Just as September 2001 shook our faith in national security, September 2008 dealt a body blow to our financial security. Ç The country was already mired in a housing bust and sluggish recession when the Great Collapse of '08 struck: the demise of Lehman Brothers; an $85 billion federal rescue of AIG; nascent steps toward federal bank and auto bailouts as huge chunks of Wall Street wealth evaporated. Ç A year later, we're still picking up the pieces as we battle rising, double-digit unemployment and the likelihood of more bankruptcies, more soured real estate loans, more bank failures. Ç But as we do rebuild Ñ slowly Ñ the new America emerging has a decidedly different face from the free-spending, easy-credit, devil-may-care one left behind. Ç We are a changed generation. Leaner. Tight-fisted. Less trusting of both government and business. Dining out a few times a week is out; staying in with pizza and a DVD is in. Ç Jim Parrish, assistant director of USF's Small Business Development Center in Tampa, describes the financial collapse as a watershed event in altering spending habits and lending patterns, perhaps for the next 20 years. Ç Parrish had been baptized by fire, starting out in the financial services industry by helping owners of troubled real estate during the 1972 recession. In contrast, he said, many in today's work force had the ill-conceived notion that "recessions weren't normal events. They assumed the world as they know it is the world as it's always going to be." Ç "If I'm a 45-year-old or 50-year-old running a financial institution, the last time there was a recession anything like this in the country, I was probably spending most of my time partying because I was 20," he said. Ç There's no consensus whether new attitudes are part of a short-term economic cycle or something deeper.
However, evidence is mounting that we're profoundly different:
We're saving more. The savings rate has jumped from 2.6 percent a year ago to 4.2 percent, and economists expect it to reach 6 percent.
Millions who have lost their jobs or had salaries frozen or slashed are hard-pressed to save, but others with more disposable income to spare aren't shopping or dining out as much. Based on tepid back-to-school sales, retailers are anticipating another lean Christmas.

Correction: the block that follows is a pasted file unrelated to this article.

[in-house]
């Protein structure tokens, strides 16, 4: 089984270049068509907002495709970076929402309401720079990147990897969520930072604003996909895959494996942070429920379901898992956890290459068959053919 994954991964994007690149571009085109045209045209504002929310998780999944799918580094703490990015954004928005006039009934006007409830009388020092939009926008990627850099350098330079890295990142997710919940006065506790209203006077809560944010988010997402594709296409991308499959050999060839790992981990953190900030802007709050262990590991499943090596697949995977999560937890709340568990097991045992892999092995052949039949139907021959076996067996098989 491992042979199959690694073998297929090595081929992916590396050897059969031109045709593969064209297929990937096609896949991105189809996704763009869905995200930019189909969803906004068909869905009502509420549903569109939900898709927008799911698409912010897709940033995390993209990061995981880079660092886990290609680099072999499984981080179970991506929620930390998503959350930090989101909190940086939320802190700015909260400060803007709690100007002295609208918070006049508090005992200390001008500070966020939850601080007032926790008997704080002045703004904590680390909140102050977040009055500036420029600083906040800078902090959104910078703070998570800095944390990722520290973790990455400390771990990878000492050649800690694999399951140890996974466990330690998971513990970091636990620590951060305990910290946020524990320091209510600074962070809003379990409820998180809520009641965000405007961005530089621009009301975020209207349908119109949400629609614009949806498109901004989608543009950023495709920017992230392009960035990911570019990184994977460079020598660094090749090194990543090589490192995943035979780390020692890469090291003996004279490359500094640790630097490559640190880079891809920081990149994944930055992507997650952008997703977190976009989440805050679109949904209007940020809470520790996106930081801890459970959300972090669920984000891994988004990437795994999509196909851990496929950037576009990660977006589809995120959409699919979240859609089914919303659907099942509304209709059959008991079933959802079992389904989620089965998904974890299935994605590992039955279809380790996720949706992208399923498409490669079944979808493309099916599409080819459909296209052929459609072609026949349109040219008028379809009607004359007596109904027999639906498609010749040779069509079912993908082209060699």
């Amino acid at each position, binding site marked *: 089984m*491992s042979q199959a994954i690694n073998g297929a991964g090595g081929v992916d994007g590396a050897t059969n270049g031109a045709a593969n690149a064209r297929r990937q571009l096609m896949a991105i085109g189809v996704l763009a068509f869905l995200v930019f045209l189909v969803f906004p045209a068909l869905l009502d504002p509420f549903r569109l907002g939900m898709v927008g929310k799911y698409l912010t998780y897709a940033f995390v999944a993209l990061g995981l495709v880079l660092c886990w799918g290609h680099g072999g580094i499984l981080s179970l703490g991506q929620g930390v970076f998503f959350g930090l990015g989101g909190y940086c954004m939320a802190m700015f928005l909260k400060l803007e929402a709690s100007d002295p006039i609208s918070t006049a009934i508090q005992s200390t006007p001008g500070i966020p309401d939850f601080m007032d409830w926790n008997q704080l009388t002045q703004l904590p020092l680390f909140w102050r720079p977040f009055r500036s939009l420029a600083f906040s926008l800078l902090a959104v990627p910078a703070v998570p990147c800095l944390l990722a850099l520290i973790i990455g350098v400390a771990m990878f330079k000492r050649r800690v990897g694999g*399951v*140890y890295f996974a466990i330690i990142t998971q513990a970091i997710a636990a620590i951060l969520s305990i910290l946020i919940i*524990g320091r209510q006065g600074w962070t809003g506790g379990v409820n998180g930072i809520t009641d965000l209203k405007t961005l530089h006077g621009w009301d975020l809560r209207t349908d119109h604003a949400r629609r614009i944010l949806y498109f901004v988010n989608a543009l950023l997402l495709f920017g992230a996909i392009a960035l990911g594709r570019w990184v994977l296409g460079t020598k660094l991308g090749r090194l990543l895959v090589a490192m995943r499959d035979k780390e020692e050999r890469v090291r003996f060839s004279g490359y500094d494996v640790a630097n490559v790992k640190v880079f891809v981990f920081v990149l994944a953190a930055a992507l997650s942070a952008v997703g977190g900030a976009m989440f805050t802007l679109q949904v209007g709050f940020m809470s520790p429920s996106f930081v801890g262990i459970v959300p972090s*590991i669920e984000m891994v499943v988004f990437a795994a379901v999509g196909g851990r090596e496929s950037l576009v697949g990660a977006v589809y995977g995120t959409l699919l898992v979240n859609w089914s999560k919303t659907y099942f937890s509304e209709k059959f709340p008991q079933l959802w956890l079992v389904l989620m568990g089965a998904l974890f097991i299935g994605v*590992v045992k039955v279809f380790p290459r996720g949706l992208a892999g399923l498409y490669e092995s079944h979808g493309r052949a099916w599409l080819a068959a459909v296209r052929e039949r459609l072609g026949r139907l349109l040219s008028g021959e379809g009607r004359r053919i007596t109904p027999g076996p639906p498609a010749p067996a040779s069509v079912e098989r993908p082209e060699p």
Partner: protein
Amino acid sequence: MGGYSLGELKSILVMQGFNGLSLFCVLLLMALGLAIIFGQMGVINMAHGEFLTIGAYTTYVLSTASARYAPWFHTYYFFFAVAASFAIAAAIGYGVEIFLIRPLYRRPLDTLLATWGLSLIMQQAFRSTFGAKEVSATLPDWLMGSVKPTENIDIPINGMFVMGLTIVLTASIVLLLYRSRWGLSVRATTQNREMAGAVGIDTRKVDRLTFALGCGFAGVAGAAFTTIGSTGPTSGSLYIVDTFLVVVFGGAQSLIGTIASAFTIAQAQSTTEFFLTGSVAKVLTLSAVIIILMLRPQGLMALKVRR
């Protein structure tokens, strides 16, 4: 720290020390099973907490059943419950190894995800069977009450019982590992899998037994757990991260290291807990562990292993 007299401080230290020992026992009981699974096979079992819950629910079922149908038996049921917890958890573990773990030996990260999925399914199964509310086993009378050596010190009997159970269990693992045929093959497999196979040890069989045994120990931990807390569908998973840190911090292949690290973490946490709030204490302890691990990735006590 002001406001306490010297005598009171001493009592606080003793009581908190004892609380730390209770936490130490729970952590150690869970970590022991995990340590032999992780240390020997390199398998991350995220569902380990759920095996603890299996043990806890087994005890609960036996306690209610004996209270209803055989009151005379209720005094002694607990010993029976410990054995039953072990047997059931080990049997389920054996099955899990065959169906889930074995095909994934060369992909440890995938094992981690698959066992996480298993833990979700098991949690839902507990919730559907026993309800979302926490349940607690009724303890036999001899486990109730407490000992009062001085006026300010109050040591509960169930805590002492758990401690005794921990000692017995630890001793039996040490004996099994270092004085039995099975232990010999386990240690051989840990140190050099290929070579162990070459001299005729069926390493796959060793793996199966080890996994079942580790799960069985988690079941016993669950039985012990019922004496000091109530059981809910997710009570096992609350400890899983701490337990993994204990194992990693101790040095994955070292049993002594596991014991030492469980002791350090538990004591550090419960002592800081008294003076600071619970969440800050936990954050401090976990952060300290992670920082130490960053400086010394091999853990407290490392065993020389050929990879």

- We're cutting back to the basics. Ron Russell, a machinist who lost his job with the closure of the Hav-A-Tampa cigar plant in Tampa, is eating chicken legs instead of chicken breasts. He and his wife don't eat out much. They've canceled their cable subscription, but are keeping tethered to the Internet at home, an indispensable tool in these times.
- Our employers are cutting back, too. The Conference Board last week predicted the lowest increase in company salary budgets since it began its salary survey 25 years ago. Translation: Don't look for much of a raise in 2010.
- We're less mobile. Worker movement between jobs is down, as is the flow of retirees to Florida. Housing prices are cheap enough for Northerners to start migrating to Florida again Ñ assuming they can sell their houses up North first, and assuming they can find a job once they arrive. The fact Florida is losing population for the first time post World War II indicates that hasn't happened yet.
- We're less trusting. Instead of advancing credit to customers, more vendors, suppliers and other small businesses are seeking cash-on-delivery. "We don't bill 30 days anymore; we can't afford to," said Doug Towne, a small-business consultant in Largo specializing in disability issues.
- We (we the people, not the government) are borrowing less. Some are more gun-shy about racking up credit; other consumers and small businesses that urgently want to borrow have found the credit gates that slammed shut last year haven't reopened.
"I think we're getting back to a period of people living within their means Ñ and that's a good thing," said Tom Mosley, Tampa Bay area president for Whitney Bank.
"People will probably walk away from this, I think, with a very healthy aversion to credit and not be so ready to pull the trigger to borrow money if they don't have to borrow money."
Not that they could borrow money easily if they wanted to.
There are no signs that access to easy credit is coming back any time soon. According to Equifax, credit card companies have issued 39 percent fewer cards this year. Banks insist they're open to lending to qualified businesses, but terms and qualifications remain tight.
Thanks to a federal government program to eliminate bank fees and raise government guarantees, the volume of Small Business Administration, or SBA, loans in the area is up 50 percent from February lows. But the fix is temporary and lenders remain incredibly selective.
Consider that during the boom years, Bank of America was approving up to 40 SBA loans a month in the bay area, said Parrish of the Small Business Development Center in Tampa. "Now, there is no lender in the Tampa Bay area that averaged one loan a month this year," he added. "Not one.
"Finding money is really, really difficult. It's definitely the worst time in 25 years."
The trickle-down effect on businesses is that cost-cutting has become more ingrained than ever. Mosely of Whitney Bank said he notices more companies renting equipment instead of buying. More are renegotiating leases with their landlords at better terms.